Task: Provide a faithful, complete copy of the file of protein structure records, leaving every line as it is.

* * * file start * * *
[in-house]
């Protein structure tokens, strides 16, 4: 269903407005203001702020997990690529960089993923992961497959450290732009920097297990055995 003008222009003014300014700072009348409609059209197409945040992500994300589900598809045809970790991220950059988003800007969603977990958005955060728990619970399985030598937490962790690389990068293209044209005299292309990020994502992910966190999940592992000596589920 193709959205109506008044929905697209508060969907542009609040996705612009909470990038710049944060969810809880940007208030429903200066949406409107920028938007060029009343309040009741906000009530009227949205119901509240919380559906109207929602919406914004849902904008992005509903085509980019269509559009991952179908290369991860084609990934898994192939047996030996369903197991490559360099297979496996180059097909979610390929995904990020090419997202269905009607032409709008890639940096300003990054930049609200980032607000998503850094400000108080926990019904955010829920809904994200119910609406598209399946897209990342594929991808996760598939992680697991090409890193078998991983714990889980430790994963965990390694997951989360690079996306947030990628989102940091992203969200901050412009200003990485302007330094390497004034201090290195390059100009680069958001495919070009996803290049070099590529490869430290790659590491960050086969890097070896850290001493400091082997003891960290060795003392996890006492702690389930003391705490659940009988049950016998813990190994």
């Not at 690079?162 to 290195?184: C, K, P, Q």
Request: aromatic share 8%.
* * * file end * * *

[in-house]
């Protein structure tokens, strides 16, 4: 269903407005203001702020997990690529960089993923992961497959450290732009920097297990055995 003008222009003014300014700072009348409609059209197409945040992500994300589900598809045809970790991220950059988003800007969603977990958005955060728990619970399985030598937490962790690389990068293209044209005299292309990020994502992910966190999940592992000596589920 193709959205109506008044929905697209508060969907542009609040996705612009909470990038710049944060969810809880940007208030429903200066949406409107920028938007060029009343309040009741906000009530009227949205119901509240919380559906109207929602919406914004849902904008992005509903085509980019269509559009991952179908290369991860084609990934898994192939047996030996369903197991490559360099297979496996180059097909979610390929995904990020090419997202269905009607032409709008890639940096300003990054930049609200980032607000998503850094400000108080926990019904955010829920809904994200119910609406598209399946897209990342594929991808996760598939992680697991090409890193078998991983714990889980430790994963965990390694997951989360690079996306947030990628989102940091992203969200901050412009200003990485302007330094390497004034201090290195390059100009680069958001495919070009996803290049070099590529490869430290790659590491960050086969890097070896850290001493400091082997003891960290060795003392996890006492702690389930003391705490659940009988049950016998813990190994």
């Not at 690079?162 to 290195?184: C, K, P, Q």
Request: aromatic share 8%.